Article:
2. Qin, J., Li, R., Raes, J., Arumugam, M., Burgdorf, K., Manichanh, C., Nielsen, T., Pons, N., Levenez, F., Yamada, T., Mende, D., Li, J., Xu, J., Li, S., Li, D., Cao, J., Wang, B., Liang, H., Zheng, H., Xie, Y., Tap, J., Lepage, P., Bertalan, M., Batto, J., Hansen, T., Le Paslier, D., Linneberg, A., Nielsen, H., Pelletier, E., Renault, P., Sicheritz-Ponten, T., Turner, K., Zhu, H., Yu, C., Li, S., Jian, M., Zhou, Y., Li, Y., Zhang, X., Li, S., Qin, N., Yang, H., Wang, J., Brunak, S., Doré, J., Guarner, F., Kristiansen, K., Pedersen, O., Parkhill, J., Weissenbach, J., Bork, P., Ehrlich, S. and Wang, J. (2010). A human gut microbial gene catalogue established by metagenomic sequencing. Nature, 464(7285), pp.59-65.

  3. The Integrative Human Microbiome Project: Dynamic Analysis of Microbiome-Host Omics Profiles during Periods of Human Health and Disease. (2014). Cell Host & Microbe, 16(3), pp.276-289.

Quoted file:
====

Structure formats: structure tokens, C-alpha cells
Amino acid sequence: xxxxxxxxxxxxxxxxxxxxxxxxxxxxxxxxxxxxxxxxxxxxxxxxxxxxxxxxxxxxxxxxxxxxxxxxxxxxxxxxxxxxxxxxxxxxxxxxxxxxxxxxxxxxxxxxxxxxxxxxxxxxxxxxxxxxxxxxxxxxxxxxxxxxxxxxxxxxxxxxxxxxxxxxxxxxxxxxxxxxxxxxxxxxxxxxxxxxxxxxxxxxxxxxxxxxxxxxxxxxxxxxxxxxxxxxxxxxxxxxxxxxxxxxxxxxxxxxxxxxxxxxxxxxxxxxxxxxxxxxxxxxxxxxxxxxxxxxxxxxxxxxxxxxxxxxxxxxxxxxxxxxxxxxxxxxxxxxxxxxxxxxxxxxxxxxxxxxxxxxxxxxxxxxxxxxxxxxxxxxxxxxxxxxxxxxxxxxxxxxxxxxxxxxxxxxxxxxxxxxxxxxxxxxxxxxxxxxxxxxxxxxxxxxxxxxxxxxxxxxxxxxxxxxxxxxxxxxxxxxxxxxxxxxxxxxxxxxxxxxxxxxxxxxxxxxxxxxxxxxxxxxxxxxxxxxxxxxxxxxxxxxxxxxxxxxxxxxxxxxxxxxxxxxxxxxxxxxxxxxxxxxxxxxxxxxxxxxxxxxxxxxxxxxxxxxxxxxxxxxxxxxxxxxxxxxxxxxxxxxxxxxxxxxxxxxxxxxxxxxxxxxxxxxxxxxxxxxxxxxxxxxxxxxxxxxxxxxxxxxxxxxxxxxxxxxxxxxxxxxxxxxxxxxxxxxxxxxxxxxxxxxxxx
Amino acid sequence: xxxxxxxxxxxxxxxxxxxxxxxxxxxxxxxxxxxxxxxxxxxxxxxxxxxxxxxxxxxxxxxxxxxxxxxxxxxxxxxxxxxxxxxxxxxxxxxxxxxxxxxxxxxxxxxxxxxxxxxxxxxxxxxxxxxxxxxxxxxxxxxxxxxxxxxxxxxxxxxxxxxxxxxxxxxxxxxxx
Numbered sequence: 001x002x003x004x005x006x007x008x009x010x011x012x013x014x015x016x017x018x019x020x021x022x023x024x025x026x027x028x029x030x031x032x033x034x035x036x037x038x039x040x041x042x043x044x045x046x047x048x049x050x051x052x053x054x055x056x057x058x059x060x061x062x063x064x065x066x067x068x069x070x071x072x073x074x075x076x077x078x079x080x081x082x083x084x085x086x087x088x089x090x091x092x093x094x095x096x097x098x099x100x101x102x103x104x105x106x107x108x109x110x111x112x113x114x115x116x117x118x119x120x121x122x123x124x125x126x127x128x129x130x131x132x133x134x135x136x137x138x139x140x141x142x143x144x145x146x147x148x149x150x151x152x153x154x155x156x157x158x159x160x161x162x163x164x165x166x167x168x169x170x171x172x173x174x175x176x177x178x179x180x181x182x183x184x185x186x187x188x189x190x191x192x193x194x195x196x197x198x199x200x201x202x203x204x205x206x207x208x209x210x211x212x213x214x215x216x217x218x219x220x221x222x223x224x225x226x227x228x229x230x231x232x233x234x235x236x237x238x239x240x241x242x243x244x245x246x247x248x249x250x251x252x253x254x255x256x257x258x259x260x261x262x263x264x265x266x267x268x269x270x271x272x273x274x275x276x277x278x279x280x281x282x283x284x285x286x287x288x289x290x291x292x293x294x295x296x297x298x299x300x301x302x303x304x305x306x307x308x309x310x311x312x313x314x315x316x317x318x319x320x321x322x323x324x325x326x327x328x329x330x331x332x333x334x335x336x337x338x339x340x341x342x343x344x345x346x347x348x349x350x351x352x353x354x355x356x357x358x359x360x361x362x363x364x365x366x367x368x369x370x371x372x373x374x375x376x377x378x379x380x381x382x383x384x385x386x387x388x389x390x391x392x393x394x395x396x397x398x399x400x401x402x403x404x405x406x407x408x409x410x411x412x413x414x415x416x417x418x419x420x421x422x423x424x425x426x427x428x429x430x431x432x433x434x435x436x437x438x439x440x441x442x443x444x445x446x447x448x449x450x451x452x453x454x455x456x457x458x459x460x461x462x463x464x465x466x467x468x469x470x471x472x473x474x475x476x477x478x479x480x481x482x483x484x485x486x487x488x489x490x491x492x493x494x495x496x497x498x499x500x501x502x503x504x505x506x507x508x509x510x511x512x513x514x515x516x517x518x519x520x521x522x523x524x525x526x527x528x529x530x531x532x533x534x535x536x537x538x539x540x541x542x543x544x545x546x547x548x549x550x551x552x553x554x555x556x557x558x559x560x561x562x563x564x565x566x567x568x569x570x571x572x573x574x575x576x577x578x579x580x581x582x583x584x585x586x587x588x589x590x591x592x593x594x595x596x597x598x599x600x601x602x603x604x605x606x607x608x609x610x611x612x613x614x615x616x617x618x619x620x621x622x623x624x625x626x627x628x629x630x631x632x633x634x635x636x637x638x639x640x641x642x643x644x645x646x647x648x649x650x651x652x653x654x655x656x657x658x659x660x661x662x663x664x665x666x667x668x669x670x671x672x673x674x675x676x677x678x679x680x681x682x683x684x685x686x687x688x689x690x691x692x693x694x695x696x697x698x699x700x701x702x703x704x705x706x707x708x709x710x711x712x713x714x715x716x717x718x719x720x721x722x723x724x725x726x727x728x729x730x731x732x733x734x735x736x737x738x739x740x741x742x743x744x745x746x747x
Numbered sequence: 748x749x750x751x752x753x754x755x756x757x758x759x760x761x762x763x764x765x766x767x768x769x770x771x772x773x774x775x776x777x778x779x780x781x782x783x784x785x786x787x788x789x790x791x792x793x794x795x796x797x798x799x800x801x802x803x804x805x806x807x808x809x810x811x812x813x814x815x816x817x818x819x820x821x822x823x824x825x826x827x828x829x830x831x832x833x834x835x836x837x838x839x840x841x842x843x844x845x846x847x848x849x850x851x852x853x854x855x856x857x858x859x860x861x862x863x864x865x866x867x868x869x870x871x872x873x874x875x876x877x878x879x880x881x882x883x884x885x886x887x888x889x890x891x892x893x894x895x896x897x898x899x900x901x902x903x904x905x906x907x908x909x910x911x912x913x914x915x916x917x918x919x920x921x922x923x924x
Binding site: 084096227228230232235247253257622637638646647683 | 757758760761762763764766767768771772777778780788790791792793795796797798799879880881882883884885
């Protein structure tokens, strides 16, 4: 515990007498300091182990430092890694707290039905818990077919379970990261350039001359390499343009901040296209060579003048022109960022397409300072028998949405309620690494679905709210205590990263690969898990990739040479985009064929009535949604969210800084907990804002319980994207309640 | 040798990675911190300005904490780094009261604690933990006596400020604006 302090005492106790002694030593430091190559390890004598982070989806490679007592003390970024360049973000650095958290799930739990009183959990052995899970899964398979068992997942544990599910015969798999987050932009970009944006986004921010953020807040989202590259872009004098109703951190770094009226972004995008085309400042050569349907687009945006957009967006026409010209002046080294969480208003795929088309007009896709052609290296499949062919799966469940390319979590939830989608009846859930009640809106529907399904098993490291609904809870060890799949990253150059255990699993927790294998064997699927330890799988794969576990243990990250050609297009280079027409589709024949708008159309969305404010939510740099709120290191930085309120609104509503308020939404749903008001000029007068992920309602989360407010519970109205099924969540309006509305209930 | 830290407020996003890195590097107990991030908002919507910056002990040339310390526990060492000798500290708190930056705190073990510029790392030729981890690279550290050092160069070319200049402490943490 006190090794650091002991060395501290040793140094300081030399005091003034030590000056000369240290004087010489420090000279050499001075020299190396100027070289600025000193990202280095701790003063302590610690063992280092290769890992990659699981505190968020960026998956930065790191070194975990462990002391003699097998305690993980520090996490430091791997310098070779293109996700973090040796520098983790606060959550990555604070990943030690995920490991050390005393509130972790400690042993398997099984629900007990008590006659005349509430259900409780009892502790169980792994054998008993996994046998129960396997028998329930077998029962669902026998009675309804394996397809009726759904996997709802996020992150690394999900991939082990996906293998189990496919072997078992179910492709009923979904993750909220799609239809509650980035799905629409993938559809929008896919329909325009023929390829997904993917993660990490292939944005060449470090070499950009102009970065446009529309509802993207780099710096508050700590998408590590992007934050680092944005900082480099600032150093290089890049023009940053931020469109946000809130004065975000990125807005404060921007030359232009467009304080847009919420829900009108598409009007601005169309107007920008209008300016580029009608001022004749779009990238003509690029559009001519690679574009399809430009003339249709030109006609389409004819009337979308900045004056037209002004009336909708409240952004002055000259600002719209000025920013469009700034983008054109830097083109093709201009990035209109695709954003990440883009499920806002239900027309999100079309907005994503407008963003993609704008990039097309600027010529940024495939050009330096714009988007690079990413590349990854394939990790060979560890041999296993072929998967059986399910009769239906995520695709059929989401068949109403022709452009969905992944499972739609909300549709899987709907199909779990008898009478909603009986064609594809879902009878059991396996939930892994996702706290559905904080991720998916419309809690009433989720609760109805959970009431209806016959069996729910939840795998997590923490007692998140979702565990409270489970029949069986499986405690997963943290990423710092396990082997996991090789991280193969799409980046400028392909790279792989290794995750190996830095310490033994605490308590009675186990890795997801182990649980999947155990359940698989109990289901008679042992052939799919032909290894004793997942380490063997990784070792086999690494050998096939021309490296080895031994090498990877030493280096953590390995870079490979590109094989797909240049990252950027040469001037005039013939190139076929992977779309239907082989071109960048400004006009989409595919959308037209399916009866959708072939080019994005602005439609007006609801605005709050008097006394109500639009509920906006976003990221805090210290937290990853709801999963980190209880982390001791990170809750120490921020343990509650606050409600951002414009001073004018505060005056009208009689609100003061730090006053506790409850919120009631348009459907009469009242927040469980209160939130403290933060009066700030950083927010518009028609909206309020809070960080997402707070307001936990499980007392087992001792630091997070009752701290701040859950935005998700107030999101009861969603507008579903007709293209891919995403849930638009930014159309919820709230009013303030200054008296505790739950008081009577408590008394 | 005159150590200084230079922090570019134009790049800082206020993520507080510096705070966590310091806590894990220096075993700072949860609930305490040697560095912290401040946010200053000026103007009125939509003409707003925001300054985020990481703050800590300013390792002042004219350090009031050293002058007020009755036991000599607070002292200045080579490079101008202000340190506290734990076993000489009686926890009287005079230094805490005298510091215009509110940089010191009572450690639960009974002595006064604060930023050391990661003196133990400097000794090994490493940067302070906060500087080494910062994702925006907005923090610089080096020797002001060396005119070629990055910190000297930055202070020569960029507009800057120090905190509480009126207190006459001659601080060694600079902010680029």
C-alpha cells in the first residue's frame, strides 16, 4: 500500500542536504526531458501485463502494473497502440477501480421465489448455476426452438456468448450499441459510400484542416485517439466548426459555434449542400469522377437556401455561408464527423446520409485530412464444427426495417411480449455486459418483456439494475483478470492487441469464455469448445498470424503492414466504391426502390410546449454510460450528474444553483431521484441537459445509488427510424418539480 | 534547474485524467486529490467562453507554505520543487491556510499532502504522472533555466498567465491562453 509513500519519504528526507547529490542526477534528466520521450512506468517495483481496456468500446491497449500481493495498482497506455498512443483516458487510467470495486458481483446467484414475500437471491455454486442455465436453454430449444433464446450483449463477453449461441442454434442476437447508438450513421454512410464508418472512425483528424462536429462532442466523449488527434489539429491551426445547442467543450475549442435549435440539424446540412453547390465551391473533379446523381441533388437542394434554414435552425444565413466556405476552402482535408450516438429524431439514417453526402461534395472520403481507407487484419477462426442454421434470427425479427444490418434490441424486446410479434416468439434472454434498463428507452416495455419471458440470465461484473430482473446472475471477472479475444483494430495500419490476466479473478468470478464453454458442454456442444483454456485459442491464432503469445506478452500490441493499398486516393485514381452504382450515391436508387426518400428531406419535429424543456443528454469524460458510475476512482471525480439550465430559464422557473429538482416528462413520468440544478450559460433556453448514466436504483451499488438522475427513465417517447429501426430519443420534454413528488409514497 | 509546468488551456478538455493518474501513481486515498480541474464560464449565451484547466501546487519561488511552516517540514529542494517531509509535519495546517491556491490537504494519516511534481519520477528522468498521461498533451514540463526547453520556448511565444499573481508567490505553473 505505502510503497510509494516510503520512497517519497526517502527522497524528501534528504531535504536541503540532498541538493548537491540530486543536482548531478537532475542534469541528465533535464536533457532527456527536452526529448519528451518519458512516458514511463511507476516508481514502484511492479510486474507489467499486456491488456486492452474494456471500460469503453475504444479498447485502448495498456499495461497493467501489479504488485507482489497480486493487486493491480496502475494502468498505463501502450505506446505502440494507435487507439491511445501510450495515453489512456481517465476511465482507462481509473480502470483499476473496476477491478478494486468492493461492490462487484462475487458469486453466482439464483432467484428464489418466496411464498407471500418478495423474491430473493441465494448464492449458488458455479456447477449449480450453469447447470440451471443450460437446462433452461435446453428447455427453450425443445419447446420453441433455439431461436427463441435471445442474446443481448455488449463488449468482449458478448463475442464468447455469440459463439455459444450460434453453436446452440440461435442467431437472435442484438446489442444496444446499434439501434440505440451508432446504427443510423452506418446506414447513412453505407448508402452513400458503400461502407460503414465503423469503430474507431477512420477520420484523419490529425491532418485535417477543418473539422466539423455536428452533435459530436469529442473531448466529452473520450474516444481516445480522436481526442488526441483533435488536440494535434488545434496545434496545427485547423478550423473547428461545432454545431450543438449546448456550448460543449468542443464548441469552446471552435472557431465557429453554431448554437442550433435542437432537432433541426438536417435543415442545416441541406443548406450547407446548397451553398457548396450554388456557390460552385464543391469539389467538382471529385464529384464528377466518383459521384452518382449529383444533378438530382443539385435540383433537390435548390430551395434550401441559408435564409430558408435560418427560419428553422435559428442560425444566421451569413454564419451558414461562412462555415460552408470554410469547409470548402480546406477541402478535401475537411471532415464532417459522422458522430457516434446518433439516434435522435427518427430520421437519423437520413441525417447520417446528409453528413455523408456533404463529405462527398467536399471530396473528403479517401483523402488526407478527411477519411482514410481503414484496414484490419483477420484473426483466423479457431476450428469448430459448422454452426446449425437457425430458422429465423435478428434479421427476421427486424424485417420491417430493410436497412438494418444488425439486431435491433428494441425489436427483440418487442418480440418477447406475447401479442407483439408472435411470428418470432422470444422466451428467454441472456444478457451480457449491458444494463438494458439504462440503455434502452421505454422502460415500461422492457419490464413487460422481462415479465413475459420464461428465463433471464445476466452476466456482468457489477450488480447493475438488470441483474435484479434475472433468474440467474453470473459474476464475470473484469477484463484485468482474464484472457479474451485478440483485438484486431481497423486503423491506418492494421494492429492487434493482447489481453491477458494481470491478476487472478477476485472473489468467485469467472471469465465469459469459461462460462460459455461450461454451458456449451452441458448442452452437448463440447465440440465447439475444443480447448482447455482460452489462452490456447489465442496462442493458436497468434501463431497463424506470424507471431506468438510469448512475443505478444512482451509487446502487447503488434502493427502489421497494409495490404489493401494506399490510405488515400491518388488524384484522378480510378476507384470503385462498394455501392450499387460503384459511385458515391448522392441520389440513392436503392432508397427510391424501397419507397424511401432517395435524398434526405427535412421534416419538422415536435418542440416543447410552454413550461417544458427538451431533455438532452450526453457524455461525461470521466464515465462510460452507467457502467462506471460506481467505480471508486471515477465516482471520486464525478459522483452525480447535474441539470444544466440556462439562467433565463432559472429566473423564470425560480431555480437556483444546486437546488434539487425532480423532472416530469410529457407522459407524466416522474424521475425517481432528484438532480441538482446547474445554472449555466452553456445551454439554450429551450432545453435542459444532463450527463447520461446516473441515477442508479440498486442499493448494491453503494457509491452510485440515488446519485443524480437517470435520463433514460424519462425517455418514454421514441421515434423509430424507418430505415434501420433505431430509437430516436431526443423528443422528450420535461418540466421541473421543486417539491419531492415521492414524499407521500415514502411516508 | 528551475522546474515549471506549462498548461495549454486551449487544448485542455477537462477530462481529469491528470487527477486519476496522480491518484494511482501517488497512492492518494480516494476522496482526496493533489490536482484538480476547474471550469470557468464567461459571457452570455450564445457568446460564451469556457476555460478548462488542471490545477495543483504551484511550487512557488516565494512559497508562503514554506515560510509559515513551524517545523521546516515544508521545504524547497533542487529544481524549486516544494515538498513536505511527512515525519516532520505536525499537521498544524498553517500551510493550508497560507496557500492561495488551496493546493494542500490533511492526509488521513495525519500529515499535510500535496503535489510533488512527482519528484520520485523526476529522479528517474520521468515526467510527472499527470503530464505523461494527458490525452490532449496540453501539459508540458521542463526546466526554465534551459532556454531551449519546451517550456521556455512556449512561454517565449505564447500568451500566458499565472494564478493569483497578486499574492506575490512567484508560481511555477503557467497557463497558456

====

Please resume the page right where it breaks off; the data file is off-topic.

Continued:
4. Bäckhed, F., Roswall, J., Peng, Y., Feng, Q., Jia, H., Kovatcheva-Datchary, P., Li, Y., Xia, Y., Xie, H., Zhong, H., Khan, M., Zhang, J., Li, J., Xiao, L., Al-Aama, J., Zhang, D., Lee, Y., Kotowska, D., Colding, C., Tremaroli, V., Yin, Y., Bergman, S., Xu, X., Madsen, L., Kristiansen, K., Dahlgren, J. and Wang, J. (2015). Dynamics and Stabilization of the Human Gut Microbiome during the First Year of Life. Cell Host & Microbe, 17(6), p.852.

  5. Hill, C., Lynch, D., Murphy, K., Ulaszewska, M., Jeffery, I., O’Shea, C., Watkins, C., Dempsey, E., Mattivi, F., Tuohy, K., Ross, R., Ryan, C., O’Toole, P. and Stanton, C. (2017). Erratum to: Evolution of gut microbiota composition from birth to 24 weeks in the INFANTMET Cohort. Microbiome, 5(1).

  6. Aagaard, K., Ma, J., Antony, K., Ganu, R., Petrosino, J. and Versalovic, J. (2014). The Placenta Harbors a Unique Microbiome. Science Translational Medicine, 6(237), pp.237ra65-237ra65.

  7. Koenig, J., Spor, A., Scalfone, N., Fricker, A., Stombaugh, J., Knight, R., Angenent, L. and Ley, R. (2010). Succession of microbial consortia in the developing infant gut microbiome. Proceedings of the National Academy of Sciences, 108(Supplement_1), pp.4578-4585.